- About WIP
- Participating Entities
- Animas-La Plata Water Conservancy District
- City of Durango Utility Commission
- Colorado Water Resources and Power Development Authority
- Dolores Conservation District
- Dolores Water Conservancy District
- Empire Electric Association
- Florida Water Conservancy District
- La Plata Archuleta Water District
- La Plata Electric Association
- La Plata Water Conservancy District
- Mancos Conservation District
- Mancos Water Conservancy District
- Montezuma Valley Irrigation Company
- Pagosa Area Water and Sanitation District (PAWSD)
- Pine River Irrigation District
- San Juan Water Conservancy District
- Southwestern Water Conservation District
- Town of Silverton
- Town of Telluride
- Regional Water Projects
- Animas-La Plata Project (Lake Nighthorse)
- Animas River Stakeholders
- Cloud Seeding Program
- Dolores Project (McPhee Reservoir)
- Dry Gulch Reservoir (Pending)
- Florida Project (Lemon Reservoir)
- Mancos Project (Jackson Gulch Reservoir)
- Long Hollow Reservoir
- Pine River Project (Vallecito Reservoir)
- Rio Blanco Restoration Project
- River Protection Work Group
- Water Information
- Contact WIP
November 19, 2015--Colorado's Water Plan will need everyone to pitch in, officials say (Denver Post)
Colorado adopted a landmark $20 billion water plan Thursday to try to accommodate rapid population growth by conserving more, re-using more, storing more, sharing more between farmers and cities — and diverting less west-east across mountains. "Now is the time to re-think how we can be more efficient," Gov.
November 10, 2015--Water rights stakeholders able to reach settlement in Animas - La Plata Project (Durango Herald)
A collective sigh of relief was let out in 6th Judicial District Court on Monday after a settlement was reached by several local agencies with a stake in the water rights of the Animas-La Plata Project stored in Lake Nighthorse. Chief District Judge Gregory Lyman will review the details of the settlement in the coming weeks, and the court will reconvene 1:30 p.m. Dec.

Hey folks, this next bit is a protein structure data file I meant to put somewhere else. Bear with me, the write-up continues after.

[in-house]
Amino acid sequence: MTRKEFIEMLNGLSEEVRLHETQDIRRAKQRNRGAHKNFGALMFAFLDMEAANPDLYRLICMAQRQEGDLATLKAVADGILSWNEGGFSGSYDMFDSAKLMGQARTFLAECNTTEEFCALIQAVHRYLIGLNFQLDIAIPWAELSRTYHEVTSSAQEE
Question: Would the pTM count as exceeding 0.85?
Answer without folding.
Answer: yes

Colorado’s top water board agreed Tuesday to improve flows on the Lower Dolores River to boost the health of the river and its native fish. The Colorado Water Conservation Board will seek an in-stream flow right of up to 900 cubic feet per second on the Lower Dolores below its confluence with the San Miguel River. In-stream flows are designated by the board to preserve an
While farmers around him give up control over water used for a century to irrigate crops, Marc Arnusch is crouching in a thick cornfield inspecting blue digits on his new sensor. The third-generation farmer installed it to measure exactly the level of moisture in soil right at the roots of his corn. He's also considering underground tubes that emit water only upon contact by roots.
A packet of measures that included U.S. Rep. Scott Tipton’s bill to protect state-issued water rights against federal demands passed the U.S. House on Thursday. The Western Water and American Food Security Act, H.R. 2898, passed the House on a 245-176 vote and now goes to the Senate.
July 10, 2015--It's about to get easier for California farmers to conserve water—and sell it (CityLab)
There’s no “solving” California’s drought, as so many headlines suggest. Drought is a regular feature of the Western climate cycle.
Thirteen states, including Colorado, are challenging a federal regulation defining “waters of the United States.” The suit, filed in Bismarck, North Dakota, federal court, contends the Environmental Protection Agency’s new far-reaching rule violates the Clean Water Act, the National Environmental Policy Act, and the U.S.
Mired in drought and torched by one of the hottest years ever measured, the seven states of the Colorado River Basin are acutely aware of how a desert can bully water supplies. They are not alone.
Among other serious water challenges, UC Davis researchers have found that in the last century, California has handed out rights to five times more surface water than their rivers produce even in a normal year. On some major river systems (i.e., the San Joaquin Valley), people have rights to nearly nine times more water than flows from the Sierra mountains.
June 17, 2015--The Colorado River is not a water buffet. So why the 'first come, first serve' policy? (Guardian)
As water shortages grip California and the seven state Colorado River basin, many users feel no pain, while some face a complete curtailment. That’s because the water management system is not designed to be either efficient or equitable but consistent and predictable.